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Re: Maritime Trade

#21 Post by Targan » Wed Mar 29, 2017 11:38 am

What about ports in Orbaal? Does lading apply there too?
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Re: Maritime Trade

#22 Post by Derfman » Wed Mar 29, 2017 12:11 pm

On the full unloading and taxing of ship's cargos regardless of destination......

That 'sort' of thing absolutely happened at various times, late middle ages thru the enlightenment for sure.
If memory serves, some local famines in Europe could have been easily avoided if food could have been moved without being taxed by every baron, and sometimes by every lord that it passed near. I remember reading that France had enough food around the Paris region at the start of the French revolution, but a lot of it could not get to Paris due to all the lords with taxing rights along the way, leading to the famous (and false) "Let them eat Cake" (The original "The Cake is a LIE!")

Anyway, my reading of Harn material leaves this sort of thing as 'optional' for GMs. I don't use it, as I have the international Mangai solidly against it, they understand what such policies do to trade and the wealth generated by Trade. There are still taxes in plenty, but fewer of the trade ruining sort than Terra had. Not zero, but fewer....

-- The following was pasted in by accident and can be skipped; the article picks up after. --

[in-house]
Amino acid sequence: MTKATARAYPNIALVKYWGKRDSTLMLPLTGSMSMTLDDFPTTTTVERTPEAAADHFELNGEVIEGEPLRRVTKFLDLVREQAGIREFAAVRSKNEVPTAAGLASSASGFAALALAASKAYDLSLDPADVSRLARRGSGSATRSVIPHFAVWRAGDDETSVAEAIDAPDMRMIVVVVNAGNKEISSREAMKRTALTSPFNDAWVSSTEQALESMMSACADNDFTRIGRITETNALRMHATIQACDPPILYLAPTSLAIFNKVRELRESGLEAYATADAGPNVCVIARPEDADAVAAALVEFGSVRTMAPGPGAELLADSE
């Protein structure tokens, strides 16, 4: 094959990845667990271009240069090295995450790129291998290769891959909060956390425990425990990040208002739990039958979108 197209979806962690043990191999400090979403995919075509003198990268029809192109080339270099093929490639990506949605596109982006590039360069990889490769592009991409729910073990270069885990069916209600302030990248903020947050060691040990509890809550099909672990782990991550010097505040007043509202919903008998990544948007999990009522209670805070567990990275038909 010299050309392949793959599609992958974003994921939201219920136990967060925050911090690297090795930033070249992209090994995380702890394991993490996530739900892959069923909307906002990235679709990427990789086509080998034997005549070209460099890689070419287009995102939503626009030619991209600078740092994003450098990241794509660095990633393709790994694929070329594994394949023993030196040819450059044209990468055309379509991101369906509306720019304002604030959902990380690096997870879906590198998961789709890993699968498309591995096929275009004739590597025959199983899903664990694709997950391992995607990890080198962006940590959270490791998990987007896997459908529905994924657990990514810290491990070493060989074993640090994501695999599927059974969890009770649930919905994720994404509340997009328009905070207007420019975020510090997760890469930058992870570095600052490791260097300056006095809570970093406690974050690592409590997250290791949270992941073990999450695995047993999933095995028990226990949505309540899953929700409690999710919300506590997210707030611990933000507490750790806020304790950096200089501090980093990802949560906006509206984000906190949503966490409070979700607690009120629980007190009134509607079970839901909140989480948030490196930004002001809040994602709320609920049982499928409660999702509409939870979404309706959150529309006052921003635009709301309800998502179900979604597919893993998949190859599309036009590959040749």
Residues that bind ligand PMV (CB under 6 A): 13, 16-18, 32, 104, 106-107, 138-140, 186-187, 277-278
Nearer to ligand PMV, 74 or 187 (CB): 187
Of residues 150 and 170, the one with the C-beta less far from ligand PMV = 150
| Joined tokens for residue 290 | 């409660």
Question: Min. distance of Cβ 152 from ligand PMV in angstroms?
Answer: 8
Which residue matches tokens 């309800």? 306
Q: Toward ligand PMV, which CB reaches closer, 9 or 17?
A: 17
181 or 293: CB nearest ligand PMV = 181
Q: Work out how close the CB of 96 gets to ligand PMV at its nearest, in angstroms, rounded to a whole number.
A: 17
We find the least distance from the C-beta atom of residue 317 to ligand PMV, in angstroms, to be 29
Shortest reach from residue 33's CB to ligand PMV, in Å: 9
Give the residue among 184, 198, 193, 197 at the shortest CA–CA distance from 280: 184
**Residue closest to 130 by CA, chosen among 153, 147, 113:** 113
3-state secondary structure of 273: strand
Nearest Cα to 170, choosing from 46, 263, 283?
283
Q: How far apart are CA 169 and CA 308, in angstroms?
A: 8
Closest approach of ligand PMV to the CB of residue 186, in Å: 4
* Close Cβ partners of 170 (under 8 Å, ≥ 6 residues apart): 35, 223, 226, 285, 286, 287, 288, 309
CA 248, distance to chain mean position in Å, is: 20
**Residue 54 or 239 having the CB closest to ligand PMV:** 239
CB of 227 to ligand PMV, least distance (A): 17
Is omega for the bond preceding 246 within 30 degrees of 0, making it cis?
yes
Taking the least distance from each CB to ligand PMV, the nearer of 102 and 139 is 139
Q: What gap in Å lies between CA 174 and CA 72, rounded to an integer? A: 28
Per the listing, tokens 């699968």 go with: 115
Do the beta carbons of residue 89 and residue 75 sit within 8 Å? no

If you do include this sort of taxation, sea captains will adjust their routes accordingly. Sea trade to a city that taxes in this manner would include 'almost' entirely only cargo going to that city. Repeat that pattern enough, and you have a major trade (and wealth generation) slow down.

The busiest ports would be those WITHOUT such tax policy. They might not tax the entirety of every cargo that lands, but they'll have a lot more traffic and service use, and if located correctly could become trade hubs (Chelemby being the biggest example, but others exist too).